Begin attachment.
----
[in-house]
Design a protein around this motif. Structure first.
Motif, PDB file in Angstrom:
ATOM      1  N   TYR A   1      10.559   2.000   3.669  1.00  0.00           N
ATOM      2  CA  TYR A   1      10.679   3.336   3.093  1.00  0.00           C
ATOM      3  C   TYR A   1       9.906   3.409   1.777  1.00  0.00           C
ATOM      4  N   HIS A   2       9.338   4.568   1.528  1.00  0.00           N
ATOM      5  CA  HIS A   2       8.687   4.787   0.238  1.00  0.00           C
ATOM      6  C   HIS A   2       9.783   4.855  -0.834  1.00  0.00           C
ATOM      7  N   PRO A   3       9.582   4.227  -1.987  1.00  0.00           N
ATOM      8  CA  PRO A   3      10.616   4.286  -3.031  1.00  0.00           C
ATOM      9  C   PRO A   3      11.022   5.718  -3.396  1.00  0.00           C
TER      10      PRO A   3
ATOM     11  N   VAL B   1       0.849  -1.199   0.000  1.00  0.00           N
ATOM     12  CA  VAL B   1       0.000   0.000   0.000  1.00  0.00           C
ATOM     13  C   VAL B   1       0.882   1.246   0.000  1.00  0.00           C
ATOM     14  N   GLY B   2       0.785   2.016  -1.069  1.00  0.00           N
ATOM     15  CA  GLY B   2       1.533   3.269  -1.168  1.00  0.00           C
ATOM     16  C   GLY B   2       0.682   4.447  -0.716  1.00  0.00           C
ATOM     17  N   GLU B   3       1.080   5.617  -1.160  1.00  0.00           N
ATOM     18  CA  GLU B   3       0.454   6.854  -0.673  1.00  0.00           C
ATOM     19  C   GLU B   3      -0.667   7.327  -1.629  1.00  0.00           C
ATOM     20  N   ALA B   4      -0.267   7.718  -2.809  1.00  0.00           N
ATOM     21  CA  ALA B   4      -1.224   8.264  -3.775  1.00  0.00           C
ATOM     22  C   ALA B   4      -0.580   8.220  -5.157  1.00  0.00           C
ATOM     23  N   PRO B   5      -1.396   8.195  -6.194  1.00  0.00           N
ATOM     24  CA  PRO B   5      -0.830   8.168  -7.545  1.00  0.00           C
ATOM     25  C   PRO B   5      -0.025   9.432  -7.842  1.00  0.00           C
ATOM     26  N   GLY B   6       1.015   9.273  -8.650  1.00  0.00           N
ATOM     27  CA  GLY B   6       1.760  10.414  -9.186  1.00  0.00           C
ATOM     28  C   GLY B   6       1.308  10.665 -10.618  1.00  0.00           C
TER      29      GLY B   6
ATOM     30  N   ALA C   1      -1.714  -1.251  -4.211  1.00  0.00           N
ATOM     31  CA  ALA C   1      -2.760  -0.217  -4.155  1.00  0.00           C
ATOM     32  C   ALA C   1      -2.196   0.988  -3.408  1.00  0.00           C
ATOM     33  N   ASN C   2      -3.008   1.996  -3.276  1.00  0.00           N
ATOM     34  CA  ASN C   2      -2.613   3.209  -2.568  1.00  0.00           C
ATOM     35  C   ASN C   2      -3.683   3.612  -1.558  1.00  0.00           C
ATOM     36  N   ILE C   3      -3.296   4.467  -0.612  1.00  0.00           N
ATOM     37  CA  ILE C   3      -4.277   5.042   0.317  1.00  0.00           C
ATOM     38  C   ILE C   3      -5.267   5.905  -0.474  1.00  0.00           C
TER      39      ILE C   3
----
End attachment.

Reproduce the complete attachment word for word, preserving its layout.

[in-house]
Design a protein around this motif. Structure first.
Motif, PDB file in Angstrom:
ATOM      1  N   TYR A   1      10.559   2.000   3.669  1.00  0.00           N
ATOM      2  CA  TYR A   1      10.679   3.336   3.093  1.00  0.00           C
ATOM      3  C   TYR A   1       9.906   3.409   1.777  1.00  0.00           C
ATOM      4  N   HIS A   2       9.338   4.568   1.528  1.00  0.00           N
ATOM      5  CA  HIS A   2       8.687   4.787   0.238  1.00  0.00           C
ATOM      6  C   HIS A   2       9.783   4.855  -0.834  1.00  0.00           C
ATOM      7  N   PRO A   3       9.582   4.227  -1.987  1.00  0.00           N
ATOM      8  CA  PRO A   3      10.616   4.286  -3.031  1.00  0.00           C
ATOM      9  C   PRO A   3      11.022   5.718  -3.396  1.00  0.00           C
TER      10      PRO A   3
ATOM     11  N   VAL B   1       0.849  -1.199   0.000  1.00  0.00           N
ATOM     12  CA  VAL B   1       0.000   0.000   0.000  1.00  0.00           C
ATOM     13  C   VAL B   1       0.882   1.246   0.000  1.00  0.00           C
ATOM     14  N   GLY B   2       0.785   2.016  -1.069  1.00  0.00           N
ATOM     15  CA  GLY B   2       1.533   3.269  -1.168  1.00  0.00           C
ATOM     16  C   GLY B   2       0.682   4.447  -0.716  1.00  0.00           C
ATOM     17  N   GLU B   3       1.080   5.617  -1.160  1.00  0.00           N
ATOM     18  CA  GLU B   3       0.454   6.854  -0.673  1.00  0.00           C
ATOM     19  C   GLU B   3      -0.667   7.327  -1.629  1.00  0.00           C
ATOM     20  N   ALA B   4      -0.267   7.718  -2.809  1.00  0.00           N
ATOM     21  CA  ALA B   4      -1.224   8.264  -3.775  1.00  0.00           C
ATOM     22  C   ALA B   4      -0.580   8.220  -5.157  1.00  0.00           C
ATOM     23  N   PRO B   5      -1.396   8.195  -6.194  1.00  0.00           N
ATOM     24  CA  PRO B   5      -0.830   8.168  -7.545  1.00  0.00           C
ATOM     25  C   PRO B   5      -0.025   9.432  -7.842  1.00  0.00           C
ATOM     26  N   GLY B   6       1.015   9.273  -8.650  1.00  0.00           N
ATOM     27  CA  GLY B   6       1.760  10.414  -9.186  1.00  0.00           C
ATOM     28  C   GLY B   6       1.308  10.665 -10.618  1.00  0.00           C
TER      29      GLY B   6
ATOM     30  N   ALA C   1      -1.714  -1.251  -4.211  1.00  0.00           N
ATOM     31  CA  ALA C   1      -2.760  -0.217  -4.155  1.00  0.00           C
ATOM     32  C   ALA C   1      -2.196   0.988  -3.408  1.00  0.00           C
ATOM     33  N   ASN C   2      -3.008   1.996  -3.276  1.00  0.00           N
ATOM     34  CA  ASN C   2      -2.613   3.209  -2.568  1.00  0.00           C
ATOM     35  C   ASN C   2      -3.683   3.612  -1.558  1.00  0.00           C
ATOM     36  N   ILE C   3      -3.296   4.467  -0.612  1.00  0.00           N
ATOM     37  CA  ILE C   3      -4.277   5.042   0.317  1.00  0.00           C
ATOM     38  C   ILE C   3      -5.267   5.905  -0.474  1.00  0.00           C
TER      39      ILE C   3